TYPE taRec IS TABLE OF tRec INDEX BY BINARY_INTEGER ;
    --
    FUNCTION Array_Func RETURN taRec ;
    --
END Array_Example ;

CREATE OR REPLACE PACKAGE BODY Array_Example AS
--
FUNCTION Array_Func RETURN taRec AS
--
    l_Ret       taRec ;
--
BEGIN
    FOR i IN 1 .. 5 LOOP
        l_Ret (i).Col1 := i ;
        l_Ret (i).Col2 := 'Row : ' || i ;
        l_Ret (i).Col3 := TRUNC (SYSDATE) + i ;
    END LOOP ;
    RETURN l_Ret ;
END ;
--
END Array_Example ;
/

Currently, there is no way to directly call the function
Array_Example.Array_Func from DBI.  However, by making the following relatively
painless additions, its not only possible, but extremely efficient.

First, you need to create database object types that correspond to the record
and table types in the package.  From the above example, these would be :

  CREATE OR REPLACE TYPE tArray_Example__taRec
  AS OBJECT (
      Col1    NUMBER,
      Col2    VARCHAR2 (10),
      Col3    DATE
  ) ;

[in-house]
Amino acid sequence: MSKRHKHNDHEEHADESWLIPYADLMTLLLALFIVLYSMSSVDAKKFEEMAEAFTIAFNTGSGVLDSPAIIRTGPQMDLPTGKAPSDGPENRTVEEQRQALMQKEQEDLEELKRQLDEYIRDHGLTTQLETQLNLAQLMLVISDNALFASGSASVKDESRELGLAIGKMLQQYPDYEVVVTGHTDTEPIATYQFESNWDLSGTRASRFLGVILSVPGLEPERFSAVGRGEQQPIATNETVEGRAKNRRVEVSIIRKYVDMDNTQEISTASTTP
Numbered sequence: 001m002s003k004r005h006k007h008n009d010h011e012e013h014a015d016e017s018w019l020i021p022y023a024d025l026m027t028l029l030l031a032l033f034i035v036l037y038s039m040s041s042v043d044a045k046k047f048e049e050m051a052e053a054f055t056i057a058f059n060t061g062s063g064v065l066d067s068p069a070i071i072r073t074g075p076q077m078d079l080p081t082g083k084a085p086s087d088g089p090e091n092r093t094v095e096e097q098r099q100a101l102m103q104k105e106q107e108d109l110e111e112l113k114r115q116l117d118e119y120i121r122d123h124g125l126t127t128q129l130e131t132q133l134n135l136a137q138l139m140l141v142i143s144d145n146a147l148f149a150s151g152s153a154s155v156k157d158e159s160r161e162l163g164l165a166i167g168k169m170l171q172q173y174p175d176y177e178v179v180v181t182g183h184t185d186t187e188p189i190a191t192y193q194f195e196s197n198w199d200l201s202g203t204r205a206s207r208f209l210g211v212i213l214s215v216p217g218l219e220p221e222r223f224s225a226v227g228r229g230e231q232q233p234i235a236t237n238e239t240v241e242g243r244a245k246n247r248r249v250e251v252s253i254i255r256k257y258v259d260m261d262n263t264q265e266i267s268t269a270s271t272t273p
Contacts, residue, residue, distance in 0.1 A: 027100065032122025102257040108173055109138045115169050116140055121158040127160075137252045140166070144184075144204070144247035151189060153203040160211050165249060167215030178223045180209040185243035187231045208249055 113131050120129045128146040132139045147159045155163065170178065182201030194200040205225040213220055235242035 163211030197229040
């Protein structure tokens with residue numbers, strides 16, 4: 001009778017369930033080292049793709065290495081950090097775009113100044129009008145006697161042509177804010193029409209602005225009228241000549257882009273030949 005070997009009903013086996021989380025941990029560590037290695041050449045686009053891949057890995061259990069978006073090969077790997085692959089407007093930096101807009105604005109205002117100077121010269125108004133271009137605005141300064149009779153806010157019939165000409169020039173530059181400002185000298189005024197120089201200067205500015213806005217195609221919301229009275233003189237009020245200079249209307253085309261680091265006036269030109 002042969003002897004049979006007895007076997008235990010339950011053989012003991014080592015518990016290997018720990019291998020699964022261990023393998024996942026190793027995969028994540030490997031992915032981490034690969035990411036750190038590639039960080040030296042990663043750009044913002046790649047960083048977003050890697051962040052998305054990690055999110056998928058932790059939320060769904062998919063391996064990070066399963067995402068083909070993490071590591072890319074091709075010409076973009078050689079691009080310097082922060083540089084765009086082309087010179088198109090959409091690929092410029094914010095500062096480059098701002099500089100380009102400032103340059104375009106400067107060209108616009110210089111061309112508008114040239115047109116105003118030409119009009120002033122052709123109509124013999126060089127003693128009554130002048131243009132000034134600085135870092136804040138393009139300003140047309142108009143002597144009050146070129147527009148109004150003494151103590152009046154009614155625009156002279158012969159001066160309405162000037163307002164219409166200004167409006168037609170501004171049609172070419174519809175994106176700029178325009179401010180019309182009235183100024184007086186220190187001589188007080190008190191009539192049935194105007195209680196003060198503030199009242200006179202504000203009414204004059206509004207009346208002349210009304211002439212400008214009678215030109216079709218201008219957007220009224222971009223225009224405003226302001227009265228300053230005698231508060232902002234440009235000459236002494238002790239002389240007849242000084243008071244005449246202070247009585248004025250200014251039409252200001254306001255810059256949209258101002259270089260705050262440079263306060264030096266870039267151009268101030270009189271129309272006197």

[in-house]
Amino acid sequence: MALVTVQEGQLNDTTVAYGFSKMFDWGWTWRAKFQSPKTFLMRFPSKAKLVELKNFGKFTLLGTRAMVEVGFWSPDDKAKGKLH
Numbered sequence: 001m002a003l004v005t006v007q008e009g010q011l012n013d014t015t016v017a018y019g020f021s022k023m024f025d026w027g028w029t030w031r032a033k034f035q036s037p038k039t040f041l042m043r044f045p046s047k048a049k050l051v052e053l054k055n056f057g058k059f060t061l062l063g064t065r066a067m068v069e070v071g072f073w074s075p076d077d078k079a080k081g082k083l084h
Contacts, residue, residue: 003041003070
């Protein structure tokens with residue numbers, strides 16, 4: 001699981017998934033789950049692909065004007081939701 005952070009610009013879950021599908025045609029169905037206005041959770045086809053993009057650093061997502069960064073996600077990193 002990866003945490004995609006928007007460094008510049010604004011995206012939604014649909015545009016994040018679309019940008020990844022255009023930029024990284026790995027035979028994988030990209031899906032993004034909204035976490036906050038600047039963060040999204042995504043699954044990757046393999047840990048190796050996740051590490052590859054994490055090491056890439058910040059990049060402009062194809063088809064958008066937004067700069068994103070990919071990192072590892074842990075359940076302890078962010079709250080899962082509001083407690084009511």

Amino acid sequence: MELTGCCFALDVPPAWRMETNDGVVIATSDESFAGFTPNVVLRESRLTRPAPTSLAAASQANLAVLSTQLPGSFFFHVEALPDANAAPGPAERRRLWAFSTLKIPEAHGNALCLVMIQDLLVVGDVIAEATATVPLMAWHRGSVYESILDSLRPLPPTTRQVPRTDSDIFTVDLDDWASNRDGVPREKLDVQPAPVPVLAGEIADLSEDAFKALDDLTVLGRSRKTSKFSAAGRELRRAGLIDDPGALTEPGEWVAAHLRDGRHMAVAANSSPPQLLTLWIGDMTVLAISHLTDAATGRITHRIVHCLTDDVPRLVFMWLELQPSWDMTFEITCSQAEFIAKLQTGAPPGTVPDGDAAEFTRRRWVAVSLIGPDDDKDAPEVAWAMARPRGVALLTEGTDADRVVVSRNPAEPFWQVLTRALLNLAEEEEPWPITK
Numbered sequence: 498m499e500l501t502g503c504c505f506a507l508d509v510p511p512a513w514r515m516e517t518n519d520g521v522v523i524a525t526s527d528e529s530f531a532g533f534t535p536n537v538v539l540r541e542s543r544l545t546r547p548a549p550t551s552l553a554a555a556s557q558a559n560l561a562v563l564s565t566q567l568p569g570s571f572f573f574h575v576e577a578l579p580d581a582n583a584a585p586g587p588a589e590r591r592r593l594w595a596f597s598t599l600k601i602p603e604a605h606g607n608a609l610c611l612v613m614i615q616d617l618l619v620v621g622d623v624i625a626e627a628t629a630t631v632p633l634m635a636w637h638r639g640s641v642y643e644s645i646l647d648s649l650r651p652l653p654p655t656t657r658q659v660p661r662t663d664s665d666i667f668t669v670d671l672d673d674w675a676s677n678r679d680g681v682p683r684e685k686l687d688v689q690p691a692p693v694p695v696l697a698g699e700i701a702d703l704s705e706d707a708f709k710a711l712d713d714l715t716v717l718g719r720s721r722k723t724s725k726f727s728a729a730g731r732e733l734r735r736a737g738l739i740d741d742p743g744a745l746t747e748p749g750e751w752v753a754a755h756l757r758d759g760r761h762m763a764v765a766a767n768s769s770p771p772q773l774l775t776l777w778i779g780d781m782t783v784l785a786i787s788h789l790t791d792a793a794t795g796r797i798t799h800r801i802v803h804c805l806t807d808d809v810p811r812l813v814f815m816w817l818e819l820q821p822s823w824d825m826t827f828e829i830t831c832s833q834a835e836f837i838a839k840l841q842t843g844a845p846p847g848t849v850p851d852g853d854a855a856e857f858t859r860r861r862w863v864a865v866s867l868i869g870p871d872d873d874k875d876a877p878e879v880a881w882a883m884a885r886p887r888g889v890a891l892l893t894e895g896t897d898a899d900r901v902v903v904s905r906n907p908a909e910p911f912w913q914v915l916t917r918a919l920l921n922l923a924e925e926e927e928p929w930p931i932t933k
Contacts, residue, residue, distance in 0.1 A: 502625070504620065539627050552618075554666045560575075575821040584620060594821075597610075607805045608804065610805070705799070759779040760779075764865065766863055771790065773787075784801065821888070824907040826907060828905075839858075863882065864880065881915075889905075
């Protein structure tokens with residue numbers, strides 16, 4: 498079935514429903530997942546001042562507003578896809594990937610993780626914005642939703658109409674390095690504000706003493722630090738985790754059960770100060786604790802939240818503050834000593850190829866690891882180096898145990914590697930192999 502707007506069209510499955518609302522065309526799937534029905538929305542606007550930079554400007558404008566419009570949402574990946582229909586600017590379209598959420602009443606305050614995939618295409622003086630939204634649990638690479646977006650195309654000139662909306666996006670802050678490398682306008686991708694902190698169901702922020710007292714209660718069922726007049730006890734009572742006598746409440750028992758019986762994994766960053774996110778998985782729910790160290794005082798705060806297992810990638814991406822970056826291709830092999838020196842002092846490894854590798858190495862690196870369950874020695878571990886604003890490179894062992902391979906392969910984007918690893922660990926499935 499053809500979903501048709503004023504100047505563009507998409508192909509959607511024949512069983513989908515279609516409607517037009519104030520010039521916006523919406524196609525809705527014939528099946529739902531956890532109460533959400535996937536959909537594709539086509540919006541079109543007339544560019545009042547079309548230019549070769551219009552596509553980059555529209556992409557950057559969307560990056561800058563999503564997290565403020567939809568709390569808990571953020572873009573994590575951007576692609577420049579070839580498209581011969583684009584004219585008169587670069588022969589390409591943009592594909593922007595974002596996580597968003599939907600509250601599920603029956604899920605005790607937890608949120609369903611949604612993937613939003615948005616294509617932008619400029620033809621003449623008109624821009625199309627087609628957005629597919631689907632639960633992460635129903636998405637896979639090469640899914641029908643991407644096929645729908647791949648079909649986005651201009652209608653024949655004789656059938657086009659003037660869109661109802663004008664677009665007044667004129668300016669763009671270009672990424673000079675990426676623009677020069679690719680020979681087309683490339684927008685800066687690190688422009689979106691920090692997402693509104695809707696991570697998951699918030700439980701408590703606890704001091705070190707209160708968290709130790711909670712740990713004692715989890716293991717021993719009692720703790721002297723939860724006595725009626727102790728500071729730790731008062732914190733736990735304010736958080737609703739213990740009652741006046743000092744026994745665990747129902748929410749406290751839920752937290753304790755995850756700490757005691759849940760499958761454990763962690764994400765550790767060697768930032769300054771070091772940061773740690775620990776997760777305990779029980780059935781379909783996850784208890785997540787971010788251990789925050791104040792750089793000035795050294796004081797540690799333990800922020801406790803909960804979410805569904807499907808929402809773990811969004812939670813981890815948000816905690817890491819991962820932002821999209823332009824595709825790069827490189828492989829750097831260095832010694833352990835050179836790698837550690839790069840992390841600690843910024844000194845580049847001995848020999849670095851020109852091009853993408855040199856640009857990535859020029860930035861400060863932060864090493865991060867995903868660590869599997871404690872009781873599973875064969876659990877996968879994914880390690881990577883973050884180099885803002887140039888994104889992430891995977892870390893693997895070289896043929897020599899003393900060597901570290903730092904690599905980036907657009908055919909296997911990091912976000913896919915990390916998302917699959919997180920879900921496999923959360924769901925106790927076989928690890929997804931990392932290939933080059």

CREATE OR REPLACE TYPE taArray_Example__taRec
  AS TABLE OF tArray_Example__taRec ;

Now, assuming the existing function needs to remain unchanged (it is probably
being called from other PL/SQL code), we need to add a new function to the
package.  Here's the new package specification and body :

  CREATE OR REPLACE PACKAGE Array_Example AS
      --
      TYPE tRec IS RECORD (
	  Col1    NUMBER,
	  Col2    VARCHAR2 (10),
	  Col3    DATE) ;
      --
      TYPE taRec IS TABLE OF tRec INDEX BY BINARY_INTEGER ;
      --
      FUNCTION Array_Func RETURN taRec ;
      FUNCTION Array_Func_DBI RETURN taArray_Example__taRec PIPELINED ;
      --
  END Array_Example ;

  CREATE OR REPLACE PACKAGE BODY Array_Example AS
  --
  FUNCTION Array_Func RETURN taRec AS
      l_Ret  taRec ;
  BEGIN
      FOR i IN 1 .. 5 LOOP
	  l_Ret (i).Col1 := i ;
	  l_Ret (i).Col2 := 'Row : ' || i ;
	  l_Ret (i).Col3 := TRUNC (SYSDATE) + i ;
      END LOOP ;
      RETURN l_Ret ;
  END ;

  FUNCTION Array_Func_DBI RETURN taArray_Example__taRec PIPELINED AS
      l_Set  taRec ;
  BEGIN
      l_Set := Array_Func ;
      FOR i IN l_Set.FIRST .. l_Set.LAST LOOP
	  PIPE ROW (
	      tArray_Example__taRec (
		  l_Set (i).Col1,
		  l_Set (i).Col2,
		  l_Set (i).Col3
	      )
	  ) ;
      END LOOP ;
      RETURN ;
  END ;
  --
  END Array_Example ;